Fall calls for root vegetables, but in addition to growing the usual ones (turnips, carrots, potatoes, etc.), my husband also grows more obscure ones, like Jerusalem artichokes.
They are so easy to grow — we picked some up at the store, cut it up so that each piece has a tuber/eye, and planted each piece. They grew into tall, beautiful plants with bright yellow flowers. Gorgeous!
According to Wikipedia, “The artichoke contains about 10% protein, no oil, and a surprising lack of starch. However, it is rich in the carbohydrate inulin (76%), which is a polymer of the monosaccharide fructose. Tubers stored for any length of time will convert their inulin into its component fructose. Jerusalem artichokes have an underlying sweet taste because of the fructose, which is about one and a half times sweeter than sucrose.
Jerusalem artichokes have also been promoted as a healthy choice for type 2 diabetics, because fructose is better tolerated by people who are type 2 diabetic. It has also been reported as a folk remedy for diabetes. Temperature variances have been shown to affect the amount of inulin the Jerusalem artichoke can produce. When not in tropical regions, it has been shown to make less inulin than when it is in a warmer region”.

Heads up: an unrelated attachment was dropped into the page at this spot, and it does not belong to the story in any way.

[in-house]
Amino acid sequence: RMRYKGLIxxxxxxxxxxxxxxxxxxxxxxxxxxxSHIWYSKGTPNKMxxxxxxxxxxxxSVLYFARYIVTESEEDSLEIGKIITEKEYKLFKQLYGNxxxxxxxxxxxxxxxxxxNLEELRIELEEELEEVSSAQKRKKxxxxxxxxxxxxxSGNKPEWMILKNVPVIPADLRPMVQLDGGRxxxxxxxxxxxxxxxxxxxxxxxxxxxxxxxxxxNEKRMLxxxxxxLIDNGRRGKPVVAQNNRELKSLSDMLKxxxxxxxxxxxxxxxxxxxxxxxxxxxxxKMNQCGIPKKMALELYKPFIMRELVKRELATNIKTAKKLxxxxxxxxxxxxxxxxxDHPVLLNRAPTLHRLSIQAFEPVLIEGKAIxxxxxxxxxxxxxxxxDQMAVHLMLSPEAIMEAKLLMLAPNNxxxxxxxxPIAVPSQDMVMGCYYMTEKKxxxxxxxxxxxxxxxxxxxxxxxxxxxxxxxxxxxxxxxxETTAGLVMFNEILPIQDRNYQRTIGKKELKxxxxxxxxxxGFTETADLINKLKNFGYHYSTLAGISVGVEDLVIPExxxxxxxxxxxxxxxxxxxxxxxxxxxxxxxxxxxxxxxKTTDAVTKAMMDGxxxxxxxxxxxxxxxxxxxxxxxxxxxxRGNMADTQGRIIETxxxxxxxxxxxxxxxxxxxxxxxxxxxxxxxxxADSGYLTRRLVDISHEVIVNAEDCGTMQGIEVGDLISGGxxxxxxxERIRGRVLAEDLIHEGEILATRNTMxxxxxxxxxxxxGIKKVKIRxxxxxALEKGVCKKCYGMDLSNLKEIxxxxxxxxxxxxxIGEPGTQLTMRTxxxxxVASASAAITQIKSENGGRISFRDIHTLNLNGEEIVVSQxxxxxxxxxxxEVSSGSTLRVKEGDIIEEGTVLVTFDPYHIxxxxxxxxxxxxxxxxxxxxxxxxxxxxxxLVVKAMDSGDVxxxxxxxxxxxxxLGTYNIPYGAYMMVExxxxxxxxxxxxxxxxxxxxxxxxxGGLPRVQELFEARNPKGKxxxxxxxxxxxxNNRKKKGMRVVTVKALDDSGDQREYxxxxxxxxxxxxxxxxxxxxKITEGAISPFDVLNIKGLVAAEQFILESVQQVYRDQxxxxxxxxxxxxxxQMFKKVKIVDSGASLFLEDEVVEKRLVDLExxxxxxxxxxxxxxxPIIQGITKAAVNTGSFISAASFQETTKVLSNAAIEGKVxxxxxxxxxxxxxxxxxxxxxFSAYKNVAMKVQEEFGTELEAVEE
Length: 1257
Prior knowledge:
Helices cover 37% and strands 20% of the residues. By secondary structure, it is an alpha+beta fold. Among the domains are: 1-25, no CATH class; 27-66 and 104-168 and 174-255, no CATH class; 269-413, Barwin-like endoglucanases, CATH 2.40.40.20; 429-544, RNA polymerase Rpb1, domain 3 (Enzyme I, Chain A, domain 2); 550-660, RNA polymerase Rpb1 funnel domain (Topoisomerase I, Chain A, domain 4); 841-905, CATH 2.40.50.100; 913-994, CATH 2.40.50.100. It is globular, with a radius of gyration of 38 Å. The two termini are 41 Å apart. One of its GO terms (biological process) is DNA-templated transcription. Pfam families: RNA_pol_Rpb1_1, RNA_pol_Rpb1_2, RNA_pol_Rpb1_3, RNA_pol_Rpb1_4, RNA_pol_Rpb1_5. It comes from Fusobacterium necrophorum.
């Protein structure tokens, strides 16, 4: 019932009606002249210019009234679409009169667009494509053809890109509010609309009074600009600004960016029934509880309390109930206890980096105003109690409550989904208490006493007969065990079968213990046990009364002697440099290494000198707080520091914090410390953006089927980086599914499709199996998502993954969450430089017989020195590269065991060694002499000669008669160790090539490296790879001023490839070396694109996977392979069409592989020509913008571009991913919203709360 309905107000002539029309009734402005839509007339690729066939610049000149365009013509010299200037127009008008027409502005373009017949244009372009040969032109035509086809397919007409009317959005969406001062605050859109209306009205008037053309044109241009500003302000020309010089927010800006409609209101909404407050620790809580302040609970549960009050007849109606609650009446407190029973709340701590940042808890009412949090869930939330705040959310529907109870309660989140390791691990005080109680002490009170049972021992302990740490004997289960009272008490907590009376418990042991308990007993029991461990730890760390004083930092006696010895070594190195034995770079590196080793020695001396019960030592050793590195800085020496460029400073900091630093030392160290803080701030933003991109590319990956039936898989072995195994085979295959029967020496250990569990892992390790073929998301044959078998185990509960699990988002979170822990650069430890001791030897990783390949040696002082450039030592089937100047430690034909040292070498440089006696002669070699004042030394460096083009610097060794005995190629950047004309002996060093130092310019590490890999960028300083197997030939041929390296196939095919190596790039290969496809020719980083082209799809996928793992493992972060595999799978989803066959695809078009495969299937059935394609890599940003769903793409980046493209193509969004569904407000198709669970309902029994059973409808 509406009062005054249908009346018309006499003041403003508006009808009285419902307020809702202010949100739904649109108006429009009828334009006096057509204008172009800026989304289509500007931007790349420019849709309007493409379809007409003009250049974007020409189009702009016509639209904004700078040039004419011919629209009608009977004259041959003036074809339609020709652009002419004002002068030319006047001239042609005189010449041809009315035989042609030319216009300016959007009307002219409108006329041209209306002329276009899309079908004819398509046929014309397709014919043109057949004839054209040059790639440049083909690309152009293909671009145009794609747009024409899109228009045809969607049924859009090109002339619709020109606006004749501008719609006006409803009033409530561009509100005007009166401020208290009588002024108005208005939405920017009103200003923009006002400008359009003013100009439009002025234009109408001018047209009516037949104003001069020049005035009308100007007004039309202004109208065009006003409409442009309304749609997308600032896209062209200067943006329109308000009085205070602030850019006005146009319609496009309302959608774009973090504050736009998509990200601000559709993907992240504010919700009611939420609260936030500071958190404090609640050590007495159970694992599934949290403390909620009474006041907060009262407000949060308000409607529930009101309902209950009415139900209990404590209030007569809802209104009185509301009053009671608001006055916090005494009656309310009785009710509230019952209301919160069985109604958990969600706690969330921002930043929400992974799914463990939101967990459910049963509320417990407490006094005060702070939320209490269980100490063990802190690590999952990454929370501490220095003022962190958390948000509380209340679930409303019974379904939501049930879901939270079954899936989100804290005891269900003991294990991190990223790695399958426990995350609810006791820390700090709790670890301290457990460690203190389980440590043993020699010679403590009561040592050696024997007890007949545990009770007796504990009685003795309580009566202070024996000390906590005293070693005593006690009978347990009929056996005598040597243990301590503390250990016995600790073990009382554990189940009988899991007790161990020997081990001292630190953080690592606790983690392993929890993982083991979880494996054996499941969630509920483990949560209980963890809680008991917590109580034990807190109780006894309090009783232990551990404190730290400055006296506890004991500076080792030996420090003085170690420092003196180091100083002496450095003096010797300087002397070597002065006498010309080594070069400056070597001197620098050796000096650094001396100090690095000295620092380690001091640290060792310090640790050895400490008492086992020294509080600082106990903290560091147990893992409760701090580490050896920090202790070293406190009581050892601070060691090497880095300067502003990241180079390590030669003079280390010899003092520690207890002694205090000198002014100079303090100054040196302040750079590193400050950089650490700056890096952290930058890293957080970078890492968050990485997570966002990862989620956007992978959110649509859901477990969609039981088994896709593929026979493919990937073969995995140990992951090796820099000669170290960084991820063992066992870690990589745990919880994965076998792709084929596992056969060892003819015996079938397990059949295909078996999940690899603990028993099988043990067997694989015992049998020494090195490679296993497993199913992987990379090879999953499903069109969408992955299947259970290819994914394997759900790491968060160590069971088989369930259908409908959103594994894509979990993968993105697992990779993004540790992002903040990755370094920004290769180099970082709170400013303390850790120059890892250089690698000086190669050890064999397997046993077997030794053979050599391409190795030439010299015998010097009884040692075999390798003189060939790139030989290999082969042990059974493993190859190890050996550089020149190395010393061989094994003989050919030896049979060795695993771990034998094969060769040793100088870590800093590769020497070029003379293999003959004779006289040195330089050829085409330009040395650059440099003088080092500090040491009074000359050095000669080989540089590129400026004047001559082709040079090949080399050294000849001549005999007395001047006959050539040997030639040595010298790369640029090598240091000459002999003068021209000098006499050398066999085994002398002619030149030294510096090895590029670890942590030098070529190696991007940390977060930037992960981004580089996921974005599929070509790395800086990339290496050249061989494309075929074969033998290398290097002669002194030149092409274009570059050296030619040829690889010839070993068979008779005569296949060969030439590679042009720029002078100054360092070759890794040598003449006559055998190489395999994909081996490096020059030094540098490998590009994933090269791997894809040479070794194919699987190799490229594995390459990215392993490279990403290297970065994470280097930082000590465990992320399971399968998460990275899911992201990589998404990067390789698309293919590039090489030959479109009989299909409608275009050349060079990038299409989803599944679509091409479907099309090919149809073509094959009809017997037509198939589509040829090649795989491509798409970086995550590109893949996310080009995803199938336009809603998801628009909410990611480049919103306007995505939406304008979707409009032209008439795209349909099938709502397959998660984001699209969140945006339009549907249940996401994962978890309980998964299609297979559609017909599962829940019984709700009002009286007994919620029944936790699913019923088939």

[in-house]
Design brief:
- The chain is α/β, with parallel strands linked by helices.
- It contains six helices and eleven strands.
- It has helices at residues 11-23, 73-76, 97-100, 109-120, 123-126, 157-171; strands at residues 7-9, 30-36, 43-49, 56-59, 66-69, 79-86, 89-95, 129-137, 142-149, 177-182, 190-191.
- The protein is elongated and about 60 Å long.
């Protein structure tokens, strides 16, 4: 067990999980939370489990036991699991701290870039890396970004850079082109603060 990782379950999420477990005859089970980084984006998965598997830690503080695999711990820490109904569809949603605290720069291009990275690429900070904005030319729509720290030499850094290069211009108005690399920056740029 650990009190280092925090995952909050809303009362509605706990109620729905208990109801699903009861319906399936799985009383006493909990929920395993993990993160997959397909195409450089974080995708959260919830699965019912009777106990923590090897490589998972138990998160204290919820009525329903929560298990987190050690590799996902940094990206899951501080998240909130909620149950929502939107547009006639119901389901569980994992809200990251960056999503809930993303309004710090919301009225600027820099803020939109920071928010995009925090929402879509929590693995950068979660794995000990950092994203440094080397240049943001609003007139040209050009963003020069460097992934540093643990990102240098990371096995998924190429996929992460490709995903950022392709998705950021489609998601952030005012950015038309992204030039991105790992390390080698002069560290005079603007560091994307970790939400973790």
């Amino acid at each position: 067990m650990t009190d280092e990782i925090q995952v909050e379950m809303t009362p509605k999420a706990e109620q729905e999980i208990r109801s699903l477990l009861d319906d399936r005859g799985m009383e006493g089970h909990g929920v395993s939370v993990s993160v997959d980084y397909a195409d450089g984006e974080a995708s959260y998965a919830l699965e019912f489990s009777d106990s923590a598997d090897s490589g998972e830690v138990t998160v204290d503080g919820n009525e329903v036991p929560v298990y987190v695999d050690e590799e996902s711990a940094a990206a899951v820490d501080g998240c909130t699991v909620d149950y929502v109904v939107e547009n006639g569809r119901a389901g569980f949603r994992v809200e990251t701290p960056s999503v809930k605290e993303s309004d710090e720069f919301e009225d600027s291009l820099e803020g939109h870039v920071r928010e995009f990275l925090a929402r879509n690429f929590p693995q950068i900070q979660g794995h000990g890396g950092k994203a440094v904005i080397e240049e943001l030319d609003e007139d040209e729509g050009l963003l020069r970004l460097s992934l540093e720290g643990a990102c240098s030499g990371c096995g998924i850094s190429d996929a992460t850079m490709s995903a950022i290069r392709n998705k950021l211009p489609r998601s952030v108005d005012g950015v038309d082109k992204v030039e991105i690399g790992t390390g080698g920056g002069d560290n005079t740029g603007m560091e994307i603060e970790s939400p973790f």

We ended up with about 5 lbs of Jerusalem artichoke. The first recipe I created to use them was a tasty, garlic scented soup. It’s very easy to make, and goes very well with a raw blue cheese like Roquefort.
Creamy Jerusalem Artichoke & Garlic Soup
– 5 cups Jerusalem artichokes, peeled and roughly chopped
– 1 T olive oil
– 1 onion, diced
– 3 garlic cloves, minced
– 1/2 t dried thyme
– 1/4 t sea salt
– Boiled water, about 2-3 cups.
– 1/4 c cream and 1/4 cup milk, or 1/2 cup half and half — preferably from pastured cows
In a saucepan, heat up the olive oil, then saute the onions, salt, and thyme until the onions are starting to brown. Add the garlic, stir for a short minute, then add the Jerusalem artichokes. Stir, then cook for a few minutes. Add boiled water to cover the vegetables. Simmer, covered, for 15 minutes.
When the Jerusalem artichokes are tender, blend the soup with the cream and milk until smooth. Taste, adjust for salt, and add a little more water if the soup is too thick. Enjoy!